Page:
October 11, 2016
By Dennis Kaiser
Southern California is experiencing a strong swell of development across the major property types. That activity extends across the region, encompassing a staggering number of residential towers underway in DTLA, as well as an interesting mix of housing projects in other product categories. In the first of a series of 3 CRE Q&A’s, Connect Media asked Scott Johnson, FAIA, Johnson Fain design partner, to share how the architecture practice approaches the design of high-density, mixed-use projects. His insights reveal what’s driving the urban housing resurgence, what projects are in demand and what makes projects work.
Q: What are the latest trends you are seeing emerge in urban housing?
A: Many young people, and others, are now moving into urban areas from suburban locations. While many of them used to drive to do their shopping, find services, pick up laundry or exercise, they are now wanting to do these activities nearby and without needing a car. That can mean different things to different new residential projects. In a pre-existing mixed-use neighborhood, it’s all about location and the range of amenities in the area. For a project area without amenities, it means internalizing social, commercial, and cultural services within the project itself, which is the case for Runway, the 10-acre mixed-use center we designed at Playa Vista. This project has been an immediate success, as it provides much-needed services and a public place for the nearly 11,000 residents of Playa Vista, who can walk, bicycle or jog to their new urban center.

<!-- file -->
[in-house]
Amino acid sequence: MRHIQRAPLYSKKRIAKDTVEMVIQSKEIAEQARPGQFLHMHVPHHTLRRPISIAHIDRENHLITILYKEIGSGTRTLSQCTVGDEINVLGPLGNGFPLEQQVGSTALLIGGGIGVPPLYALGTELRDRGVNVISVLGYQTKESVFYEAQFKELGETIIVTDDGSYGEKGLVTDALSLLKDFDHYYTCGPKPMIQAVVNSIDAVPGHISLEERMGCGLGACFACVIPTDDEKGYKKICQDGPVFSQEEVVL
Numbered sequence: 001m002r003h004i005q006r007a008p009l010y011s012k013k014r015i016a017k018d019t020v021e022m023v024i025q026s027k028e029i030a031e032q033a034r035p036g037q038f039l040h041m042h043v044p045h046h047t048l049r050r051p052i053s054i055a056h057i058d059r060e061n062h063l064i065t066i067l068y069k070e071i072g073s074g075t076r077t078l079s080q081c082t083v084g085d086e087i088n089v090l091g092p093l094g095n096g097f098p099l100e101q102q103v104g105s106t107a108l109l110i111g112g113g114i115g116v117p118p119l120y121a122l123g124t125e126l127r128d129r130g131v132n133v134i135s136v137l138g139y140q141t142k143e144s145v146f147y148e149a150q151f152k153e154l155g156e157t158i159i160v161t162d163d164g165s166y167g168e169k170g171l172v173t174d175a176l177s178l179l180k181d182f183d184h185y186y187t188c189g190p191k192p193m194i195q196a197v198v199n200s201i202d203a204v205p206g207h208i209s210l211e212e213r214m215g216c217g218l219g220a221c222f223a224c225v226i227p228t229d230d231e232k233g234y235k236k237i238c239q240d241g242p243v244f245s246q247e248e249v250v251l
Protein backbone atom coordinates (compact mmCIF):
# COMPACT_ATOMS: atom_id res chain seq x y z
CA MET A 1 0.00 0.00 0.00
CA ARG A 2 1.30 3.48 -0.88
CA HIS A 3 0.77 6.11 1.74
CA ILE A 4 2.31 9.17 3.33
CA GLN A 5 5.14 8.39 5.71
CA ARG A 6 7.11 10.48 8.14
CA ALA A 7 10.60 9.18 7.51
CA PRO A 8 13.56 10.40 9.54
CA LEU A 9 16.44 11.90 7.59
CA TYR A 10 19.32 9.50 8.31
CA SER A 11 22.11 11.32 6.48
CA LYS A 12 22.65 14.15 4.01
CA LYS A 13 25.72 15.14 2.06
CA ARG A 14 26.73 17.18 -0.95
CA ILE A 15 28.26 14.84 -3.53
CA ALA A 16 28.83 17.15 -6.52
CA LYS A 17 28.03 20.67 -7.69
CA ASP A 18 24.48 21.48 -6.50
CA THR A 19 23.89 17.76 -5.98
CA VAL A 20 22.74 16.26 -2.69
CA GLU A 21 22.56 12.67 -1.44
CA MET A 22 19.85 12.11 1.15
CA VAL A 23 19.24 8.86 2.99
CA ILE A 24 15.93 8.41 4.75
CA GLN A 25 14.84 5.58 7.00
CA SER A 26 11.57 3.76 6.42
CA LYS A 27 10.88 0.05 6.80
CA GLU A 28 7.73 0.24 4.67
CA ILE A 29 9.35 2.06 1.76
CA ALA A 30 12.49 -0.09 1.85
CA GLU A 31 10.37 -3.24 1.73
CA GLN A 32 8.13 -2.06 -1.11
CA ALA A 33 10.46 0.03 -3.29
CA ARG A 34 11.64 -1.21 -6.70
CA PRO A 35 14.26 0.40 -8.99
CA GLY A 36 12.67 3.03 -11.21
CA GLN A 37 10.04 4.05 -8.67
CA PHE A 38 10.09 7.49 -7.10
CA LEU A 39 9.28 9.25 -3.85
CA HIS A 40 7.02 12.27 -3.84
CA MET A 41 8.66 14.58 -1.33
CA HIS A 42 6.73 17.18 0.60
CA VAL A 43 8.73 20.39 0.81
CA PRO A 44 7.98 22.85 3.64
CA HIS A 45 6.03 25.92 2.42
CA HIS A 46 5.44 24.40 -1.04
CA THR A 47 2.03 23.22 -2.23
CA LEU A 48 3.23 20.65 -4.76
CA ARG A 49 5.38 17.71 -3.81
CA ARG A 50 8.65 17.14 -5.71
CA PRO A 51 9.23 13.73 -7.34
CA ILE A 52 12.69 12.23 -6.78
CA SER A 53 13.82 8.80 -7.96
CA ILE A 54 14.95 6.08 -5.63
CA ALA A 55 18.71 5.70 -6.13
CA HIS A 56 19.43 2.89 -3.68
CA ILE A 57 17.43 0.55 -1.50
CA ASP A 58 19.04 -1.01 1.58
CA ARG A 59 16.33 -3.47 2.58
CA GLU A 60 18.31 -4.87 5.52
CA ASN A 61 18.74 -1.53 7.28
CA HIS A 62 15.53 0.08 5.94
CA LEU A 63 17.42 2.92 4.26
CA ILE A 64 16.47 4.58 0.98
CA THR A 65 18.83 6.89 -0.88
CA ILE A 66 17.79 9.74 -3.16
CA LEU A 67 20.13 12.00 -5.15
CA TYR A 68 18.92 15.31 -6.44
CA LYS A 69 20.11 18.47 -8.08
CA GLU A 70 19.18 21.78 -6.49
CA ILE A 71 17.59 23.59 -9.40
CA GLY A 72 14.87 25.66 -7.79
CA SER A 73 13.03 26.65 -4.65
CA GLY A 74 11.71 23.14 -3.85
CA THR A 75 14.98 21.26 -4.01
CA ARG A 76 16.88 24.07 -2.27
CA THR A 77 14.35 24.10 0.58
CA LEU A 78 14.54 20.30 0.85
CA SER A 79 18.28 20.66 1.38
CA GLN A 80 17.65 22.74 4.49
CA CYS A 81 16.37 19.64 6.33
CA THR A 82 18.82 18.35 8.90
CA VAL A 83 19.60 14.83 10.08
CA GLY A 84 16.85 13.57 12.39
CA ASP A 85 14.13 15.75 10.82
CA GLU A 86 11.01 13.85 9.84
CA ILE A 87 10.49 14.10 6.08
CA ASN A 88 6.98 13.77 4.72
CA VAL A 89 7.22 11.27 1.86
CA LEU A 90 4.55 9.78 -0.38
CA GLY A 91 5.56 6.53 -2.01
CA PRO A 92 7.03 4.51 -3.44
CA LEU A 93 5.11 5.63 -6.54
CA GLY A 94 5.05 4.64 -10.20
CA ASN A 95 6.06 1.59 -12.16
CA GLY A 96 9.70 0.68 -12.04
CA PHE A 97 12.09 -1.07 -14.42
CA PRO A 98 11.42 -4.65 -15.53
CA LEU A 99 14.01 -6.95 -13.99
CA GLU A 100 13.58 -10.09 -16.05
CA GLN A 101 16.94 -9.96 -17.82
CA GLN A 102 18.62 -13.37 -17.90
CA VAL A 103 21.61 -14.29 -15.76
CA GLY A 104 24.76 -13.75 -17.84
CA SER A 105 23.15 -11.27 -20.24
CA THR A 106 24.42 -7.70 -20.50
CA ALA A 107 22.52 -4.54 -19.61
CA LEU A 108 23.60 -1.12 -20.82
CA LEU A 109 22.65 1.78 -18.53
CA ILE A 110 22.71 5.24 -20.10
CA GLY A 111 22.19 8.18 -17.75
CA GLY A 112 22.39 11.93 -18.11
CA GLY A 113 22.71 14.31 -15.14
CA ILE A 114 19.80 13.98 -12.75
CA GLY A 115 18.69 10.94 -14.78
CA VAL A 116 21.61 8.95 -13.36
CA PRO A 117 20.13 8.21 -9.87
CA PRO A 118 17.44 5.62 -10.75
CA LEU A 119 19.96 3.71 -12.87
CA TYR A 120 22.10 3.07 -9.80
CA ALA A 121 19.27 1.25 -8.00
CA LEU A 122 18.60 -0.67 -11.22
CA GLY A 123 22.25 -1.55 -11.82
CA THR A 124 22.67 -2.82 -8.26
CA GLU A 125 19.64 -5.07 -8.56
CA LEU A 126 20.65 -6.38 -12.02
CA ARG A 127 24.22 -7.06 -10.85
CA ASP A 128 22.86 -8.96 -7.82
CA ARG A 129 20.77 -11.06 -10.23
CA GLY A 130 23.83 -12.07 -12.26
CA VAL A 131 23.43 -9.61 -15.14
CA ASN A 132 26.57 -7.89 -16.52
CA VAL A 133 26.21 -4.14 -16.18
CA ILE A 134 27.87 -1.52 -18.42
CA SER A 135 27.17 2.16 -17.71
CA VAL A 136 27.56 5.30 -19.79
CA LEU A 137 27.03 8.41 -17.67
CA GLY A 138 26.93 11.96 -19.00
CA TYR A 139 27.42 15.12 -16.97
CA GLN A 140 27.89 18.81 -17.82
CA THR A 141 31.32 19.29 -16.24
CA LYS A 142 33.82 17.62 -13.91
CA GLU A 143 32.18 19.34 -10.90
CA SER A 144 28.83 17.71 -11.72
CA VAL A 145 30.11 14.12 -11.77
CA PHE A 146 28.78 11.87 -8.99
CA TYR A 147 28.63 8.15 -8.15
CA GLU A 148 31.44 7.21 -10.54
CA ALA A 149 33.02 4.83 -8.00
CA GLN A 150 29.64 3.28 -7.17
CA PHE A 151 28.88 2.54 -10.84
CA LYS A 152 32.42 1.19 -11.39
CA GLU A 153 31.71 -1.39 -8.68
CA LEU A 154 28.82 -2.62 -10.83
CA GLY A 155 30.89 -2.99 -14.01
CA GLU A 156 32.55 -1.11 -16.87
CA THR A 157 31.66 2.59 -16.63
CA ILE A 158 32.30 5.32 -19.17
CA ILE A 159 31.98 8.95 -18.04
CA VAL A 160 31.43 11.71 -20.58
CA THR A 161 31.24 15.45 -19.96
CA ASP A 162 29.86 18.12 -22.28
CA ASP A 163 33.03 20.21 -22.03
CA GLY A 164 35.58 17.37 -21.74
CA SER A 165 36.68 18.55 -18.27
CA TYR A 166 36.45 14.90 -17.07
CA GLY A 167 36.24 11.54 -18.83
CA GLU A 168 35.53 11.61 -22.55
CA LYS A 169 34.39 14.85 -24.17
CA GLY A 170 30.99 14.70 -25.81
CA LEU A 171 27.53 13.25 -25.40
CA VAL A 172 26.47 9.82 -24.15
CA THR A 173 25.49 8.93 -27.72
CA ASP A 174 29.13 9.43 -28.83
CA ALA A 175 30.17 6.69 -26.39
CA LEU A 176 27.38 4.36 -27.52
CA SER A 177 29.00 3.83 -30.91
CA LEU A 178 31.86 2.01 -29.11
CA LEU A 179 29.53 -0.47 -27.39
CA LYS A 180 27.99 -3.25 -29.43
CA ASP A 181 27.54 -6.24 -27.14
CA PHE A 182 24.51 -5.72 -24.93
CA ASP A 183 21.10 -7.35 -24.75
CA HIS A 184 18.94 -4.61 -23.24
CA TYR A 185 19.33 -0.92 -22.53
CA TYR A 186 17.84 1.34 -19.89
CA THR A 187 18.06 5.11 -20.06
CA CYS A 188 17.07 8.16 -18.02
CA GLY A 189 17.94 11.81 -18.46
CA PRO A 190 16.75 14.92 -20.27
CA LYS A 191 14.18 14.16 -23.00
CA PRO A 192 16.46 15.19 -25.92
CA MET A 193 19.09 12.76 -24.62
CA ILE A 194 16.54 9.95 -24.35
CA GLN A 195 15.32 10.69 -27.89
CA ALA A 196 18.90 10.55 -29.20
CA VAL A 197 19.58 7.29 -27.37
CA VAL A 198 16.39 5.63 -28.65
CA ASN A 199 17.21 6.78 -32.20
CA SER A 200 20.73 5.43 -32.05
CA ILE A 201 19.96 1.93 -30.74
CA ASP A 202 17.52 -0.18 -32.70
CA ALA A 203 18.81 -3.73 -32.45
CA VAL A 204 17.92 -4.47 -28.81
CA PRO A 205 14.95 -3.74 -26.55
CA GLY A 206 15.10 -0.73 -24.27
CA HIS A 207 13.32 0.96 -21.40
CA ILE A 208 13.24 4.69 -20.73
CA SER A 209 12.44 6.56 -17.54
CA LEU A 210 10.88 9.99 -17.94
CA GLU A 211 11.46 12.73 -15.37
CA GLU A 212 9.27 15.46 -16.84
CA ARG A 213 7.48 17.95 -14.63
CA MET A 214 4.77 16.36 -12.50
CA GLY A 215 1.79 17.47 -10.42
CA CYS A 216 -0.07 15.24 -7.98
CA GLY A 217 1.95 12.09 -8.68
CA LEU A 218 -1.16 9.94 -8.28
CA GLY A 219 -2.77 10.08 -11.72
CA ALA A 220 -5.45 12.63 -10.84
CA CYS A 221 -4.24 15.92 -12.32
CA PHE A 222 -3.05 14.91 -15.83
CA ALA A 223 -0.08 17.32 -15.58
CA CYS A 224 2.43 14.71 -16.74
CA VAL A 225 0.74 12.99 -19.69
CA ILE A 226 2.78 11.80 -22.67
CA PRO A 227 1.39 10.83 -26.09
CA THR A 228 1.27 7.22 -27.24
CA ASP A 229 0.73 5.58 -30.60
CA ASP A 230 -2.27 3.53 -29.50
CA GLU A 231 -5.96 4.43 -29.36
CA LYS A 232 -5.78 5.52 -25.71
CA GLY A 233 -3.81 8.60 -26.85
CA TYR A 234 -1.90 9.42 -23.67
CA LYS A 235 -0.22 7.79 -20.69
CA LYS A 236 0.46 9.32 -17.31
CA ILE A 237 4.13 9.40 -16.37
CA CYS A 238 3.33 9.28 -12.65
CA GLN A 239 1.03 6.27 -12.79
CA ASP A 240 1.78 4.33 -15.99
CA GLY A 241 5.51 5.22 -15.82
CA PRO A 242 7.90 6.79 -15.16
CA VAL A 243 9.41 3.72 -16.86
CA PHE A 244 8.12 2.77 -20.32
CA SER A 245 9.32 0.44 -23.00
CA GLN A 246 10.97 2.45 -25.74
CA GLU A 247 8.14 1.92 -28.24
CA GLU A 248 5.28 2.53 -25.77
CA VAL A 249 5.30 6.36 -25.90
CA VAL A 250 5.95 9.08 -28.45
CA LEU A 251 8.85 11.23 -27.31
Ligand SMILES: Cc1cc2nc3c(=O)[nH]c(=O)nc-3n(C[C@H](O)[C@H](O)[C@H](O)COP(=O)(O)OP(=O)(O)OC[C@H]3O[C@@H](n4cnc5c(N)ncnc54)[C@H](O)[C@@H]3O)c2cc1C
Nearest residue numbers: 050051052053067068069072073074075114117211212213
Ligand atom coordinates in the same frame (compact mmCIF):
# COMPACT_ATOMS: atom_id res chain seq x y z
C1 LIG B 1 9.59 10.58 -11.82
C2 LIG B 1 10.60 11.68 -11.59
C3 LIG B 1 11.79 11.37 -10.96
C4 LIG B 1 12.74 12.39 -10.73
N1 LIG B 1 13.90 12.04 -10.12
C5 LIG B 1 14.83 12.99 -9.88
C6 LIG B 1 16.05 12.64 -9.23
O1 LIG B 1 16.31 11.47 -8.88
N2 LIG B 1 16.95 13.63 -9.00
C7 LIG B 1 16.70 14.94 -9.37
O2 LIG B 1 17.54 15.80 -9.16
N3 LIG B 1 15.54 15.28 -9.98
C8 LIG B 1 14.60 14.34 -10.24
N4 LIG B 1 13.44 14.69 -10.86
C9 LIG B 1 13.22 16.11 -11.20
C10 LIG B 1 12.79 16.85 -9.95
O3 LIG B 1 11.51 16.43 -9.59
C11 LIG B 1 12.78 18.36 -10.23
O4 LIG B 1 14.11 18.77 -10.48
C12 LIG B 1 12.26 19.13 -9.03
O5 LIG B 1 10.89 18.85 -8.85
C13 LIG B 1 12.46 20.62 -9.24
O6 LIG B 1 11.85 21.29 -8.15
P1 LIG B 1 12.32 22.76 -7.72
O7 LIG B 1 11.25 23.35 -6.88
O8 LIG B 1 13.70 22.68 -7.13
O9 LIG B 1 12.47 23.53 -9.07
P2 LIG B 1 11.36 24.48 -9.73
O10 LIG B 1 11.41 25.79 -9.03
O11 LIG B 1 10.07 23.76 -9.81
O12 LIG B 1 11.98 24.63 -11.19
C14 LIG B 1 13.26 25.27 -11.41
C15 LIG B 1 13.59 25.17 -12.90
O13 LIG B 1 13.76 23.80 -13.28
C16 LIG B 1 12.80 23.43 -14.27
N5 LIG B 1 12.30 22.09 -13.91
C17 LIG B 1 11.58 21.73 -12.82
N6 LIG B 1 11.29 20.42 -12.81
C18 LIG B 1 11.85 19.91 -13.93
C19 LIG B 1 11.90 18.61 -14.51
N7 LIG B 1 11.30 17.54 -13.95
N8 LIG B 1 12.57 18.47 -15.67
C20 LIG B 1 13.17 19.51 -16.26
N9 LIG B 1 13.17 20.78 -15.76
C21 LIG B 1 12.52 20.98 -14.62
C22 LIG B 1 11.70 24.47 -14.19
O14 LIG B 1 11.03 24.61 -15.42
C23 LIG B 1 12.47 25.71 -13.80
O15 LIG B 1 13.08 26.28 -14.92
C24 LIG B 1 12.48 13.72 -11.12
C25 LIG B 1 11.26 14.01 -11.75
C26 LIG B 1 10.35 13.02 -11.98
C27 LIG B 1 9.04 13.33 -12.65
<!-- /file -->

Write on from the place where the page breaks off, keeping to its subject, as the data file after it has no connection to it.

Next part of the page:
Q: What’s attracting people to urban areas today, and how have the realities of living in urban environments changed over time?
A: There are many attractions to living in an urban area today, among them, a critical mass of amenities, social opportunities, entertainment and security. Frequently in the denser downtowns, living close to work is both an attraction and a cost savings if walking, public transit or ride-sharing is involved. Transit-oriented developments are now arriving at the urban core of Los Angeles, such as Blossom Plaza in Chinatown, where we designed an expansive public plaza that connects the mixed-use project to a Metro Gold Line station and a central shopping street. LA Plaza Village, which recently broke ground in downtown, will feature a pedestrian paseo that connects Union Station to nearby historic destinations, the Civic Center and the Performing Arts District.
Q: What amenities are most desirable? How have residential unit characteristics and features changed?
A: We’re seeing more people looking after their physical well-being, which means bigger, better equipped fitness centers, locations for purchasing organic foods and sometimes urban food gardens. Co-working environments are having their impact on the inclusion of social lounges within residential projects, where one can work alone, with others, or break out for conversation/entertainment. The residential units themselves are increasingly modern now, frequently neutral loft-like spaces which allow residents to personalize their choice of furnishings and artwork.
*Johnson Fain designed Runway at Playa Vista for Lincoln Property Company, Phoenix Property Company and Paragon Commercial Group; Blossom Plaza for Forest City Realty Trust; and LA Plaza Village for High Street Residential, the Cesar Chavez Foundation and the LA Plaza de Cultura y Artes Museum.
For comments, questions or concerns, please contact Dennis Kaiser